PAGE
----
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Howard, Amos William (1848–1930)

by L. A. Gilbert

This article was published in Australian Dictionary of Biography, Volume 9, (MUP), 1983

Amos William Howard (1848-1930), by unknown photographer, c1920

Amos William Howard (1848-1930), by unknown photographer, c1920

State Library of South Australia, SLSA: B 45402

Amos William Howard (1848-1930), nurseryman and pasture improvement pioneer, was born on 31 May 1848 at Silk Mills, Watford, Hertfordshire, England, son of William Howard, gardener, and his wife Ann, née Hester. On 23 July 1871 at the Wesleyan Chapel, Tendring, Essex, he married Eliza Rowe. Arriving in South Australia in 1876, Howard established a nursery in the Adelaide hills between Nairne and Littlehampton. He became clerk of the local district council, but resigned to contest a council seat which he won and held for ten years. About 1880 he joined the Glen Osmond chapter of the Oddfellows' Lodge.

In 1889, intending to purchase a cow, Howard visited Michael Daley's property adjoining the Mount Barker Springs and Nairne roads. As Daley was away, Howard 'strolled along one of the valleys … to fill in time until the owner returned' and was attracted by the growth of a kind of clover. It was later identified as subterranean clover, Trifolium subterraneum Linn., a widely variable species probably inadvertently introduced to Australia from Britain or Europe fifty or sixty years earlier, and known in the Adelaide hills since about 1880. Sir Ferdinand Mueller recorded the plant as naturalized in Victoria by 1887, and it was reported from the Riverina as 'a vigorous grower' in 1896 when J. H. Maiden made his guarded comment: 'I know nothing against its character, except a certain aggressiveness … It is not an introduction which need render us uncomfortable'.

On 3 February 1906 Howard began his correspondence with the Adelaide Advertiser, enthusiastically extolling the virtues of the plant for improving pastures. Overcoming technical problems, he harvested the seed and offered samples to the South Australian Agriculture Bureau. By January 1907 he was able to sell 30 lb. (13.6 kg) to E. & W. Hackett, Adelaide nurserymen. Further experience with the clover prompted Howard to write to the press in 1907-09 vigorously promoting its use. By this time he and his sons were selling up to a ton (tonne) of seed annually.

State agriculture authorities made experimental sowings of the clover before 1920 and tentative recommendations concerning its use, but when superphosphate was advocated for pastures as well as for crops clover sowings responded remarkably, and the formula of 'sub and super' was widely followed. In 1923 the importation of a clover huller from the United States of America by Howard's son Cecil lifted annual seed production to over eight tons and in 1930 it was claimed that annual production of clover seed was responsible for about £50,000 coming into the Mount Barker district. By 1961 some 20 million acres (8.1 million ha) of southern Australia had been sown with subterranean clover, notwithstanding the discovery that some strains had oestrogenic properties injurious to sheep. The clover not only improved pastures but upgraded soil fertility through its nitrogen-fixing qualities.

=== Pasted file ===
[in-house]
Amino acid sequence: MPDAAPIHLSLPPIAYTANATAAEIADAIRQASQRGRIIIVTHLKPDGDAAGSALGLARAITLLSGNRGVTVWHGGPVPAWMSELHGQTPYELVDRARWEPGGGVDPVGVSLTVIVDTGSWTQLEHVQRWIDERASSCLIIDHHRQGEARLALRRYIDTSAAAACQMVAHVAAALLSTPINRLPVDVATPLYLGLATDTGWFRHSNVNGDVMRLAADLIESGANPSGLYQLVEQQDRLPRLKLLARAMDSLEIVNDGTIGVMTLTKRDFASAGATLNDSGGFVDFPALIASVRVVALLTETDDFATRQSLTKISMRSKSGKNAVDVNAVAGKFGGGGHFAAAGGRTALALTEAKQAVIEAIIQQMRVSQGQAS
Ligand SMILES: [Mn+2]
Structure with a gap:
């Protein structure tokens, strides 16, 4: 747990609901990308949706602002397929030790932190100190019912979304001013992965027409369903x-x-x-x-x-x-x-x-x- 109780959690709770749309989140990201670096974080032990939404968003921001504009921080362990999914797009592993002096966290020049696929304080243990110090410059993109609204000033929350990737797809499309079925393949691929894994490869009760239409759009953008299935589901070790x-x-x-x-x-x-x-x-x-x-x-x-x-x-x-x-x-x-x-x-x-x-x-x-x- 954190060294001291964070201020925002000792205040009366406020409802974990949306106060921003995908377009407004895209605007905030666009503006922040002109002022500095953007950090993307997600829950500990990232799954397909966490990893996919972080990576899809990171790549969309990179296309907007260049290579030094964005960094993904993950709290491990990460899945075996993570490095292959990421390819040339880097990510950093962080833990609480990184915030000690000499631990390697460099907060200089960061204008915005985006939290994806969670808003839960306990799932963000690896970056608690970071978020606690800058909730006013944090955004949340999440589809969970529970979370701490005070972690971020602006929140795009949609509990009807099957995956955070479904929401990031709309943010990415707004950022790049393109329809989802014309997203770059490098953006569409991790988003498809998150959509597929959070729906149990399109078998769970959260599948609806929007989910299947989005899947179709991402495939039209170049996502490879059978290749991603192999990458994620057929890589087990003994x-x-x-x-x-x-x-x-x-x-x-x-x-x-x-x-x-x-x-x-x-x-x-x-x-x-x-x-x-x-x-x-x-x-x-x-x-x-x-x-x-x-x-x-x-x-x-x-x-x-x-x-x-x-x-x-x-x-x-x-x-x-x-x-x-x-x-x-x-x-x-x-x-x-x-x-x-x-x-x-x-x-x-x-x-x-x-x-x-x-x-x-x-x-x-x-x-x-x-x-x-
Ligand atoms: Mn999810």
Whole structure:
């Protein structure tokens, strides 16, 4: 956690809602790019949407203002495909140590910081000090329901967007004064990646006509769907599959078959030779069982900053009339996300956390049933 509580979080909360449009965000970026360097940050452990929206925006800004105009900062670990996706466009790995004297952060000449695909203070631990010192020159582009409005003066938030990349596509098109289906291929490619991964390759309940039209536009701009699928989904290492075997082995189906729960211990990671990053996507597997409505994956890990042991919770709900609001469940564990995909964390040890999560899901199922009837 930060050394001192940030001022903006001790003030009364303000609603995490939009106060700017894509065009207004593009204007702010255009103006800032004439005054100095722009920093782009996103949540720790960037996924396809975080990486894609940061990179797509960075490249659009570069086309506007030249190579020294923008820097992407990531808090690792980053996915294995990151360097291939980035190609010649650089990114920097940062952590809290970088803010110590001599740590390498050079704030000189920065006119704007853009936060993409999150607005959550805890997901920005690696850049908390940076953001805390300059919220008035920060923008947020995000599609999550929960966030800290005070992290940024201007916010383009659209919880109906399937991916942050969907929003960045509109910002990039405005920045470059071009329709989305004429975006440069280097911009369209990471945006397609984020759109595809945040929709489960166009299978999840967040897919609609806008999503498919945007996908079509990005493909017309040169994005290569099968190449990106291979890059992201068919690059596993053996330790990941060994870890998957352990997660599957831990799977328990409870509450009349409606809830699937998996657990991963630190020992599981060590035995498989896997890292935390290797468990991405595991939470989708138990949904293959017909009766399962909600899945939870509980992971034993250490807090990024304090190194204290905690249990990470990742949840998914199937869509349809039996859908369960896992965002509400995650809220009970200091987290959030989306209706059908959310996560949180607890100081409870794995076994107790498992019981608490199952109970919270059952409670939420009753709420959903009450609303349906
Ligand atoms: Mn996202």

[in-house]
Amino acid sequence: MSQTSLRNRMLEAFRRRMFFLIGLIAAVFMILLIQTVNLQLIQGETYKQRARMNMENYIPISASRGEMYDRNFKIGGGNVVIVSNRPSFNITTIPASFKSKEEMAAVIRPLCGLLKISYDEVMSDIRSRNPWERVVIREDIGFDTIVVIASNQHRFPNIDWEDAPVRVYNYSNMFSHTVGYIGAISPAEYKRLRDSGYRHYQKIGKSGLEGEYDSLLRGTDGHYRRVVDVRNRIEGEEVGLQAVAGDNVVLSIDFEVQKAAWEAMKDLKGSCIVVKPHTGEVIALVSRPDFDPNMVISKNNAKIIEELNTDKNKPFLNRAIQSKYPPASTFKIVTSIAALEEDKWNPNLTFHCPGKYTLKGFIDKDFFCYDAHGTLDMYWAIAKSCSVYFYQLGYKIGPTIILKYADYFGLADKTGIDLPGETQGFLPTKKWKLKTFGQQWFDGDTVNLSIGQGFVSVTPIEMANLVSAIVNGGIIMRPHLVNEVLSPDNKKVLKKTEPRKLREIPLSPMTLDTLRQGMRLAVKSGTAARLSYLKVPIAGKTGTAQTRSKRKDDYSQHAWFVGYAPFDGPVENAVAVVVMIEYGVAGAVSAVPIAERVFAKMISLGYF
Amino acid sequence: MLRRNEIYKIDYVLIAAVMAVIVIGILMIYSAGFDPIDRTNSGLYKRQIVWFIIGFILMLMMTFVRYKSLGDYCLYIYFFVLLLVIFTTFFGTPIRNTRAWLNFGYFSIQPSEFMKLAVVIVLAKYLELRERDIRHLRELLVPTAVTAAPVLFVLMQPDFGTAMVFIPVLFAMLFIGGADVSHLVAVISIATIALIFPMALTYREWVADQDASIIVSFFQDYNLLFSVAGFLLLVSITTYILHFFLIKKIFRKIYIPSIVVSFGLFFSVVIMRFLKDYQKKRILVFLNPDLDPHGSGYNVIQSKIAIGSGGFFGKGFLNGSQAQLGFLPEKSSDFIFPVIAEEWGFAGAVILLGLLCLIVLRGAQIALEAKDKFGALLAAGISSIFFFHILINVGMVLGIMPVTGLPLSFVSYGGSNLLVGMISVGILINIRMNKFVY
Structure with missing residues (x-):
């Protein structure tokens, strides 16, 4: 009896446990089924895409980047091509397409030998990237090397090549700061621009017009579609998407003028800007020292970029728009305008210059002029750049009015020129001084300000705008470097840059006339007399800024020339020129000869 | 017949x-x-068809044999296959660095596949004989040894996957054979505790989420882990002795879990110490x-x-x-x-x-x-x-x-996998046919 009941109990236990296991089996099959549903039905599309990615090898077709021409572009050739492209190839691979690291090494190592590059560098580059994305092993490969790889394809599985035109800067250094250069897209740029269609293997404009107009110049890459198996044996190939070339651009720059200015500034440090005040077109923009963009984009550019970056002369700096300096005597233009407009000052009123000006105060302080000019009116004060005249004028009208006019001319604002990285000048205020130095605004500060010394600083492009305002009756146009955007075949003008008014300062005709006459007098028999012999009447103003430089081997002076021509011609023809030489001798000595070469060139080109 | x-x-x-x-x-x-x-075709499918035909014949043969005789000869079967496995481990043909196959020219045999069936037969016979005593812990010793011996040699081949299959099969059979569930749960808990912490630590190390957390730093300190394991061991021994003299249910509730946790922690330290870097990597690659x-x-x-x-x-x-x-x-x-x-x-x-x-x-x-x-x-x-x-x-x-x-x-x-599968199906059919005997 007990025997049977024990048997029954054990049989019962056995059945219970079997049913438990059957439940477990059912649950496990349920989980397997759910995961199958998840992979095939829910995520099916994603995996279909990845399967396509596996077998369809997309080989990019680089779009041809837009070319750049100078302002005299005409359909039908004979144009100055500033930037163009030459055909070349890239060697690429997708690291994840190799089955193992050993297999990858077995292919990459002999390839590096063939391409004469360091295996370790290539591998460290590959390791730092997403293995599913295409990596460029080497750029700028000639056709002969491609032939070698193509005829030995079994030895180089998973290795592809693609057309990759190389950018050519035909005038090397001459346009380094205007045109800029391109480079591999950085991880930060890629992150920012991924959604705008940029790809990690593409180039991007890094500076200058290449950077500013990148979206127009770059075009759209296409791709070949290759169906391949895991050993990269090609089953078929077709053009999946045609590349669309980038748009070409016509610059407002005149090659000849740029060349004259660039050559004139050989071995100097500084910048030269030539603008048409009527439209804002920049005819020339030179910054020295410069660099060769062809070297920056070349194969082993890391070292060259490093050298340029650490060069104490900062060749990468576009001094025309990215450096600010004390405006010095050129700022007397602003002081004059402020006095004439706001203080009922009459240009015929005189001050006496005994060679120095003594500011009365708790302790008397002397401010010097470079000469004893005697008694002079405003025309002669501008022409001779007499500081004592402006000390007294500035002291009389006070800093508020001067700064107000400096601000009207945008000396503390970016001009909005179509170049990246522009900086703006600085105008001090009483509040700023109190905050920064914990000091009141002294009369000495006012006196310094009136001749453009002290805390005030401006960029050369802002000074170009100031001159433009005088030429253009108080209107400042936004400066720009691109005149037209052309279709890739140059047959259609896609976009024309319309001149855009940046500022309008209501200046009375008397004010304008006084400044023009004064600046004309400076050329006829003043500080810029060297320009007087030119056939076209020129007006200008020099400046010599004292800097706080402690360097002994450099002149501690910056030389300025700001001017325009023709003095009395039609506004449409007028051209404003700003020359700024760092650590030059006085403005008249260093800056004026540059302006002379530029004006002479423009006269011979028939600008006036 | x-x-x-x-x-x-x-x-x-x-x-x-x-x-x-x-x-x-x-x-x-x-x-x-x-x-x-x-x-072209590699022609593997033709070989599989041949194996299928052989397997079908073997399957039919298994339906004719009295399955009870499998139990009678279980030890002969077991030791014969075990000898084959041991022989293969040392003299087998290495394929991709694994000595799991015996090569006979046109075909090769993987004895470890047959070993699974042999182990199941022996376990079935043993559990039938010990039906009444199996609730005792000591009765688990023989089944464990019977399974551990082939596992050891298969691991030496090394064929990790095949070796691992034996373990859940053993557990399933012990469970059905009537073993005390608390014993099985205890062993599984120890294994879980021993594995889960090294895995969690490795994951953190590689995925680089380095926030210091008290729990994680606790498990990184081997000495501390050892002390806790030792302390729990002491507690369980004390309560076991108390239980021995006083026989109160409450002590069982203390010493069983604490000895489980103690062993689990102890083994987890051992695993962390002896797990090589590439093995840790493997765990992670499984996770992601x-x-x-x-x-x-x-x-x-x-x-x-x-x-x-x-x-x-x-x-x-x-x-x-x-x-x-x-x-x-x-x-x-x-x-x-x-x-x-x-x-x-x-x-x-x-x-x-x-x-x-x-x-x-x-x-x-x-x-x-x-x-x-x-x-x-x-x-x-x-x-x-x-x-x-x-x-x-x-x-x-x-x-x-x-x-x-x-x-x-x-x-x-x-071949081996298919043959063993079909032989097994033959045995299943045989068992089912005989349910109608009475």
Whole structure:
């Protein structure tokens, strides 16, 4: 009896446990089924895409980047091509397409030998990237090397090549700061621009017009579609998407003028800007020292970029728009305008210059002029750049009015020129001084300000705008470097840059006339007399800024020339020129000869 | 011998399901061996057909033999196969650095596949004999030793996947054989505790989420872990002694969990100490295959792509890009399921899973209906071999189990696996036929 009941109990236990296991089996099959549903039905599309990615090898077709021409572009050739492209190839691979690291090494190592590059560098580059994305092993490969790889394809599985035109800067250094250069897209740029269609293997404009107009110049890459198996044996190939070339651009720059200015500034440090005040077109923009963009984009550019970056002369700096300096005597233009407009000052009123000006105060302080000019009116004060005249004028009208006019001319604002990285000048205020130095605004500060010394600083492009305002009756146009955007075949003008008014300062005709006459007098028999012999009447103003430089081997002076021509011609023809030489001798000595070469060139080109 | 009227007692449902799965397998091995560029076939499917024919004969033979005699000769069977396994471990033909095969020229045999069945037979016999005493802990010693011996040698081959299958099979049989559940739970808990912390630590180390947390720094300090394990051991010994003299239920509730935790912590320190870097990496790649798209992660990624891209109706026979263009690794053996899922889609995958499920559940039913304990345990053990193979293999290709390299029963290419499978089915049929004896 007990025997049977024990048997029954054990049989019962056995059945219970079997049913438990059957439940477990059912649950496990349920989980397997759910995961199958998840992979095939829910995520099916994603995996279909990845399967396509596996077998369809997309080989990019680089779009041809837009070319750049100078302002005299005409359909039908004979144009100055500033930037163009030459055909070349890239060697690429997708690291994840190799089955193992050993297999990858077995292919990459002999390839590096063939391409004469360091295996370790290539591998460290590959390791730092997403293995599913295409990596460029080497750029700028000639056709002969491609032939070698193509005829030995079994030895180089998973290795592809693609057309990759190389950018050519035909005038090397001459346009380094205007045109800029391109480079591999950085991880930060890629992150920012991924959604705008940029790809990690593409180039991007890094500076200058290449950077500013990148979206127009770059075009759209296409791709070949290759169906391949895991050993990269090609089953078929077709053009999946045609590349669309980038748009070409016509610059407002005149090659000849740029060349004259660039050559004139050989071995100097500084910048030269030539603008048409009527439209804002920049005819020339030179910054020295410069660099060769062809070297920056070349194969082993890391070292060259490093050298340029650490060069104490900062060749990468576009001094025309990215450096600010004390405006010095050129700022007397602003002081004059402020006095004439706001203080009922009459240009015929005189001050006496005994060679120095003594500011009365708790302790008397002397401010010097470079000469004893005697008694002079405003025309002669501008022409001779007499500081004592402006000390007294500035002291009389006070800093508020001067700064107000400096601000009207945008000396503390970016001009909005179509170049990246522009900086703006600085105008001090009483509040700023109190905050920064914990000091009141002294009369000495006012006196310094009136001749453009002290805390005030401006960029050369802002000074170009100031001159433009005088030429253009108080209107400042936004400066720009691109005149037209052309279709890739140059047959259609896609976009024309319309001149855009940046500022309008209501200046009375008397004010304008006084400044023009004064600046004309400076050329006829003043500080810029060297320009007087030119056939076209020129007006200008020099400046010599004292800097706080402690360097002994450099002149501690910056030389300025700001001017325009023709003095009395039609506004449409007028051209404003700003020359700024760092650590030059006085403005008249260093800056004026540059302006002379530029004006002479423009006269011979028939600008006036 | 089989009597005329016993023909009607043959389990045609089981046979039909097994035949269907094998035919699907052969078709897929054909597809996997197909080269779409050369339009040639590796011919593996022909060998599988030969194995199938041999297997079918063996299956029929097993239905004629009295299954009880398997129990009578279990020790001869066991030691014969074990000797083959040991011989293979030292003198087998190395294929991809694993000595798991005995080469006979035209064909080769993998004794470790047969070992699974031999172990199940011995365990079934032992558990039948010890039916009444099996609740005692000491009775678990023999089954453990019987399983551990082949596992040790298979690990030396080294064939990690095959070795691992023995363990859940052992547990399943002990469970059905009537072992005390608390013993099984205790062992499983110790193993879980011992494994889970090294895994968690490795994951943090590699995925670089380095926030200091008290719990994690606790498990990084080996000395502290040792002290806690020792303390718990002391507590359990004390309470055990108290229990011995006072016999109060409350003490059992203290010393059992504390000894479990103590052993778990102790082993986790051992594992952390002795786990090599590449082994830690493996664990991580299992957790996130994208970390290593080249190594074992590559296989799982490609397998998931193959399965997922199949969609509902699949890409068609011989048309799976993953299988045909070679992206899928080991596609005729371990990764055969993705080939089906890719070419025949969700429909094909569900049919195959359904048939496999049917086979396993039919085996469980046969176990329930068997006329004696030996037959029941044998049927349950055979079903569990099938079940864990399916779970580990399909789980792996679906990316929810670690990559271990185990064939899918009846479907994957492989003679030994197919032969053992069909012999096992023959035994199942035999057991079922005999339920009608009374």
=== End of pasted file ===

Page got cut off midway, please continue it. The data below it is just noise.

Howard died at Beau Vale, Blakiston, on 2 March 1930, predeceased by his wife, a son and a daughter; he was buried in Blakiston cemetery, survived by three daughters and seven sons. A memorial to Howard's work on 'the most important pasture plant in Australia' was unveiled on 3 October 1963 on the Mount Barker road near the sites of his original observations and of his home. An appeal launched at the ceremony by the Australian Institute of Agricultural Science led to the establishment of the Howard memorial research fellowship in 1967. Two of the several cultivars of subterranean clover are named 'Howard' and 'Mt Barker'. A portrait is in the South Australian Archives.

Select Bibliography

  • D. E. Symon, A Bibliography of Subterranean Clover Together with a Descriptive Introduction (Berkshire, 1961)
  • R. M. Moore (ed), Australian Grasslands (Canb, 1970)
  • M. Williams, The Making of the South Australian Landscape (Lond, 1974)
  • Australian Institute of Agricultural Science, Journal, 30 (1964)
  • Journal of Agriculture (South Australia), Nov 1936, Jan 1964
  • Advertiser (Adelaide), 6 Mar 1930.

Citation details

L. A. Gilbert, 'Howard, Amos William (1848–1930)', Australian Dictionary of Biography, National Centre of Biography, Australian National University, http://adb.anu.edu.au/biography/howard-amos-william-6741/text11645, published first in hardcopy 1983, accessed online 18 October 2018.

This article was first published in hardcopy in Australian Dictionary of Biography, Volume 9, (MUP), 1983

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